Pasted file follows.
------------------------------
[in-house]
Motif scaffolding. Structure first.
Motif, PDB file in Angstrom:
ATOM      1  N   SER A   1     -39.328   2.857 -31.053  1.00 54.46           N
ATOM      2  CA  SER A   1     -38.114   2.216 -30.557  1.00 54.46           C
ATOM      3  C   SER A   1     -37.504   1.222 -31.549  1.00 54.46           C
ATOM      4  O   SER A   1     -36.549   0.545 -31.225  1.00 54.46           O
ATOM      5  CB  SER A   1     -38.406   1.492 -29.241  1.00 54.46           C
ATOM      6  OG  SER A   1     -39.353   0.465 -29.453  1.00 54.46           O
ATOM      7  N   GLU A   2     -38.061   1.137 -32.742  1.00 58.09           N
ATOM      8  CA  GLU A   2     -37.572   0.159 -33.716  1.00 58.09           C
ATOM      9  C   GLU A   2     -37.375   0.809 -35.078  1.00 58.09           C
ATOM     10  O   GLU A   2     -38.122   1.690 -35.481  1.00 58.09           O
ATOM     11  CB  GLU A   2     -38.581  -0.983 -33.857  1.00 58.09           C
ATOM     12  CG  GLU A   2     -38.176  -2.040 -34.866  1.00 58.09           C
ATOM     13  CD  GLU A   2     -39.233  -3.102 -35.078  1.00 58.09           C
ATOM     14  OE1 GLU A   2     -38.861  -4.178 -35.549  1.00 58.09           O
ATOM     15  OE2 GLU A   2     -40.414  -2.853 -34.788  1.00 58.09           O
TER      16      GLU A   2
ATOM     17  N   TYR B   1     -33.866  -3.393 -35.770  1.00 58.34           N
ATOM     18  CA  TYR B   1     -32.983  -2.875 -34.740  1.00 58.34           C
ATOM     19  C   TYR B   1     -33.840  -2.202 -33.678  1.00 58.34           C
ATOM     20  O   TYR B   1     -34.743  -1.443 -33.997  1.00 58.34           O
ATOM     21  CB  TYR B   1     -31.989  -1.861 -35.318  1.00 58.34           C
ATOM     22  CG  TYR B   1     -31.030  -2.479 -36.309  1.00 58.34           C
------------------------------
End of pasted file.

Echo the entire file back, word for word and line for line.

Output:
[in-house]
Motif scaffolding. Structure first.
Motif, PDB file in Angstrom:
ATOM      1  N   SER A   1     -39.328   2.857 -31.053  1.00 54.46           N
ATOM      2  CA  SER A   1     -38.114   2.216 -30.557  1.00 54.46           C
ATOM      3  C   SER A   1     -37.504   1.222 -31.549  1.00 54.46           C
ATOM      4  O   SER A   1     -36.549   0.545 -31.225  1.00 54.46           O
ATOM      5  CB  SER A   1     -38.406   1.492 -29.241  1.00 54.46           C
ATOM      6  OG  SER A   1     -39.353   0.465 -29.453  1.00 54.46           O
ATOM      7  N   GLU A   2     -38.061   1.137 -32.742  1.00 58.09           N
ATOM      8  CA  GLU A   2     -37.572   0.159 -33.716  1.00 58.09           C
ATOM      9  C   GLU A   2     -37.375   0.809 -35.078  1.00 58.09           C
ATOM     10  O   GLU A   2     -38.122   1.690 -35.481  1.00 58.09           O
ATOM     11  CB  GLU A   2     -38.581  -0.983 -33.857  1.00 58.09           C
ATOM     12  CG  GLU A   2     -38.176  -2.040 -34.866  1.00 58.09           C
ATOM     13  CD  GLU A   2     -39.233  -3.102 -35.078  1.00 58.09           C
ATOM     14  OE1 GLU A   2     -38.861  -4.178 -35.549  1.00 58.09           O
ATOM     15  OE2 GLU A   2     -40.414  -2.853 -34.788  1.00 58.09           O
TER      16      GLU A   2
ATOM     17  N   TYR B   1     -33.866  -3.393 -35.770  1.00 58.34           N
ATOM     18  CA  TYR B   1     -32.983  -2.875 -34.740  1.00 58.34           C
ATOM     19  C   TYR B   1     -33.840  -2.202 -33.678  1.00 58.34           C
ATOM     20  O   TYR B   1     -34.743  -1.443 -33.997  1.00 58.34           O
ATOM     21  CB  TYR B   1     -31.989  -1.861 -35.318  1.00 58.34           C
ATOM     22  CG  TYR B   1     -31.030  -2.479 -36.309  1.00 58.34           C